So another split windshield, then. The Morris Minor is an expressive, nostalgic automobile, and something in the cold light of a December sunset smooths out this car’s rough edges into a soft bread pudding of a car.
So why is it nostalgic to me, and not just to those who dream of cozy, cottage England or of life in an import car in postwar America? The picture on the right bears the evidence of my faszination Morris. The designer who penned this Morris gave it much more advanced underpinnings than its old-timey shape might suggest. And ever since I saw this video in my early days of going crazy over cars, I’ve known just what that meant for a young driver with a wild streak.
So taking break from the end-of-semester chaos, I took a trip across the Williamsburg bridge to shoot this car that I’d spotted the week before. It was like finding an old friend, and I’m sure that there are plenty of other dreams that surround this Morris. It’s being handled by the auto shop it’s parked next to, which makes it already a bit of a stereotype for British cars in America, but certainly an old car like this carries some memories of the kind of cultured life an American buying this car back in the early ’50s would’ve led. It would’ve been quite a choice to abstain from the flash automotive symbols of U.S. military-industrial victory.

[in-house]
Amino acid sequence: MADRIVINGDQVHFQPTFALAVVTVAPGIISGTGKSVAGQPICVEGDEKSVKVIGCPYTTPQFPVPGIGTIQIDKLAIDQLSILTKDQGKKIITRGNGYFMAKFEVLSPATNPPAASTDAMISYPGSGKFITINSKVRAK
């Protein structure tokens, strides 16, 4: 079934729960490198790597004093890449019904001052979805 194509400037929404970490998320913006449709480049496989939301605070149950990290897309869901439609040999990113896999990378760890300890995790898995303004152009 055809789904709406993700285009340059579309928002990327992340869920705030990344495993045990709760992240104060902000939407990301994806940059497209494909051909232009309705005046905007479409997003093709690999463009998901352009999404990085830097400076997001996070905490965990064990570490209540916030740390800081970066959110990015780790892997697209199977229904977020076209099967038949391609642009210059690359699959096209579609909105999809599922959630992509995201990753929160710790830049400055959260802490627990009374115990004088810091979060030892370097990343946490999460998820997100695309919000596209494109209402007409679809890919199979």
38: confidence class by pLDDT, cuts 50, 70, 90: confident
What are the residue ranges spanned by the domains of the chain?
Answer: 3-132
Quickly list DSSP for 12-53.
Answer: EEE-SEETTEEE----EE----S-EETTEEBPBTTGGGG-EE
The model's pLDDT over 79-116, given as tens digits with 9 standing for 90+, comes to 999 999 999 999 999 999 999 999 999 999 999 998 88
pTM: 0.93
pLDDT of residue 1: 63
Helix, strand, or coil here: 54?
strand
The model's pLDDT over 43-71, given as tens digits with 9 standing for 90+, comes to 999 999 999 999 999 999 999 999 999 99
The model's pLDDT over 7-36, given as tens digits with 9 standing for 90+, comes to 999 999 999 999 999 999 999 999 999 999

So I remember it from dreams of drifting through country Britain, others dream of ’50s and ’60s refined counter-culture, and that’s just from a U.S. perspective; I don’t claim to have any handle on how this car would sit in Britain itself. This Morris would have to bear on one shoulder its heritage as a chunk of plucky British ingenuity, a post war British car that was technologically advanced, enjoyed great sales success, and wasn’t caught up in dirty 1970s labor/emissions/import-competition struggles. On its other shoulder, the Minor has to carry the burden of its diminutive frame itself – a car can’t live for over a half century with so little space between its wheels and steer clear of memories of being a cramped, overburdened, cheap economy car.
But why continually pressure this poor cute car? It’s a puppy in this light, at worst it is a harmless stereotype, so I will recall fondly finding it in such a relaxing, whitewashing, mind-numbing cold light and dream again. Such is the power of a gorgeous sunset.
It dawns amongst the bookshelves
the volumes in gold and brown;
and you think on driven-through country -Rilke, Rememberance